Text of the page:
It was another solid quarter for the FactSet Innovative Technology SPDR ETF (NYSEARCA:XITK), even though both it and the Nasdaq fell quite a bit from the quarterly highs. Still, the XITK ETF tacked on a 16.1% gain in the third quarter versus a gain of “just” 11% for the index.
Given that the exchange-traded fund surged more than 47% in the second quarter, last quarter’s gains were impressive. Again that handedly outperformed the Nasdaq, which rallied 30.6% in Q2.
Some investors look at the XITK ETF and say, “No, that’s way too risky. I’ll stick with the index.”
To me it seems risky to have that kind of attitude toward the ETF, particularly one that continues to perform so well. Let’s look at this name more closely.
A Deeper Look at the XITK ETF
I like to know how a stock has done on the downside, as well as the upside. For instance, investors could have been long some bullish ETFs with two- or three-times leverage. I am talking about leverage within the fund, not with one’s own account.
In any regard, a 100% rally in a levered ETF vs. a 50% gain in the index does little good to me if it first fell 50% vs. a 25% dip in the index. Granted, it’s a bit more complex than that, but the point still stands. We have to consider performance in both directions.
For the XITK ETF, it’s up 52.2% this year and 75.8% over the past 12 months. That compares to the year-to-date and one-year gains of 23.4% and 42.3% for the Nasdaq, respectively.
In other words, it has crushed the index benchmark. The dominance extends to the longer-term too. The XITK is up 121% over the past three years vs. a 70% gain in the Nasdaq. The outperformance over the past five years is even more stark, at 245% vs. 139%.
But what about the downside? Have a look at the table below.
|2018 Q3 High to Q4 Low||Q4 2018 Performance||2020 Q1 High to Low|
Based on the table above, it’s clear that the XITK underperformed the Nasdaq in the fourth quarter of 2018 and during the novel coronavirus selloff of 2020. But given the major outperformance of the ETF vs. the index, being within a few percentage points during extreme moves is actually pretty impressive.
For instance, for the XITK ETF to fall 36.5% from the February high to the March low really isn’t that bad — that’s within 400 basis points of the Nasdaq. Heck, Apple (NASDAQ:AAPL) fell 35%, while Facebook (NASDAQ:FB) dropped about 39%.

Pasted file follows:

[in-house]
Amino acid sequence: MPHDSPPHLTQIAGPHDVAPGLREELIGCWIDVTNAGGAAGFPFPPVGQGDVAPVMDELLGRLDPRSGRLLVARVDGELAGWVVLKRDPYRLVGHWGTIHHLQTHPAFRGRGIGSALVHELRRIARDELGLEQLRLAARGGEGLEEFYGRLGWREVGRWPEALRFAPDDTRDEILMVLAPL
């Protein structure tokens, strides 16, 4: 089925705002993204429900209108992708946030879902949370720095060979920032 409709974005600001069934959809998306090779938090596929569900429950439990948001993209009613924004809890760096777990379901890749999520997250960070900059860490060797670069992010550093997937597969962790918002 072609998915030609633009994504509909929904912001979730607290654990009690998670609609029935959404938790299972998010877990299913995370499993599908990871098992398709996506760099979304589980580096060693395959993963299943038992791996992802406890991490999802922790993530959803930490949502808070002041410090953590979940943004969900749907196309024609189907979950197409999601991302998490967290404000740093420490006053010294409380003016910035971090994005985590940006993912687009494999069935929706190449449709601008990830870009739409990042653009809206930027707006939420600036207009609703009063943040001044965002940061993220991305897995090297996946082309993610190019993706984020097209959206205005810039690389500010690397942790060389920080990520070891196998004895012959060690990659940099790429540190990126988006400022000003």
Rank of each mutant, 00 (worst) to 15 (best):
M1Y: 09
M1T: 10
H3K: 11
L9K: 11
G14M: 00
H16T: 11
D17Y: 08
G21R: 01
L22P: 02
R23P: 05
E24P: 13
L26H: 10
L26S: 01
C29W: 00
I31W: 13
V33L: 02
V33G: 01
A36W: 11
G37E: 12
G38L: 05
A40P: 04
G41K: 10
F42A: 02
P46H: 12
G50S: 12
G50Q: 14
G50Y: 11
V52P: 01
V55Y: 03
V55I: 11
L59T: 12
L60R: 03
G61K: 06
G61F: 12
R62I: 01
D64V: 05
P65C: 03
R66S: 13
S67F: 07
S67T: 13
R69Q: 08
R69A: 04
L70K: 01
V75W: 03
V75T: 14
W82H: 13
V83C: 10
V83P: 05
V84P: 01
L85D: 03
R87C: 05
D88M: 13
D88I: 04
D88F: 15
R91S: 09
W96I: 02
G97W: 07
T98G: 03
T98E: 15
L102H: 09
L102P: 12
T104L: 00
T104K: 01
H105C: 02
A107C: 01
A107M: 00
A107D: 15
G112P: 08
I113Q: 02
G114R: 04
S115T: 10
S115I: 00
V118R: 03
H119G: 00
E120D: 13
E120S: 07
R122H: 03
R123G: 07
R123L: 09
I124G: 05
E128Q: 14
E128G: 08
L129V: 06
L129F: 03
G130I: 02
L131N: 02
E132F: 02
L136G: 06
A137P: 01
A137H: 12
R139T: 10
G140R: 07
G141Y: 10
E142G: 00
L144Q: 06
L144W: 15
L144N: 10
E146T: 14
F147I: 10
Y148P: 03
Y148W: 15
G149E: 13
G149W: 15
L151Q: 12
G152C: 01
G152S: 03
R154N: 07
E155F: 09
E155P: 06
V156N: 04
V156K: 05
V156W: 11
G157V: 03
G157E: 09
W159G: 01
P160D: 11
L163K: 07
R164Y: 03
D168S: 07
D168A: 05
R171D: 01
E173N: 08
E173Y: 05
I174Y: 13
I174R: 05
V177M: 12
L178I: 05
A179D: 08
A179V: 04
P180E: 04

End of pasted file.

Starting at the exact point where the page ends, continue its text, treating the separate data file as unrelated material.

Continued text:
Given how much more upside we are getting out of this fund, it’s worth giving up the couple of percent in underperformance at the extreme lows.
Is It Still One of the Best ETFs?
As you could have guessed, the FactSet Innovative Technology SPDR ETF is geared toward growth. Its top holdings have been fast-growing tech stocks. That has led to the ETF’s strong performance, although it does open up the XITK to potential downside should these stocks lose momentum.
With that said, I like that the top holdings are not heavily overweighted when it comes to allocation. For instance, Zoom Video (NASDAQ:ZM) is the largest holding in the ETF, with a weighting of just 3.4%. However, no other holding eclipses 3%.
The following five stocks have a lower weighting, but have also been impressive. That includes Shopify (NYSE:SHOP) and Twilio (NYSE:TWLO) with a 1.85% and 1.83% weightings, respectively. BiliBili (NASDAQ:BILI), CrowdStrike (NASDAQ:CRWD) and Wix.com (NASDAQ:WIX) round out eight through ten. They have a weighting between 1.65% and 1.85%.
Diversification can be a negative in some cases. In the case of the XITK ETF though, it helps remove any single-stock risk. That’s a benefit in my mind. That’s because growth stocks are likely to rally or fall together, but any one stock could really ruin the fund’s performance if it had too large of a weighting.
If growth stocks step on the gas pedal here in the fourth quarter, look for the XITK to outperform too.
On the date of publication, Bret Kenwell held a long position in TWLO and AAPL.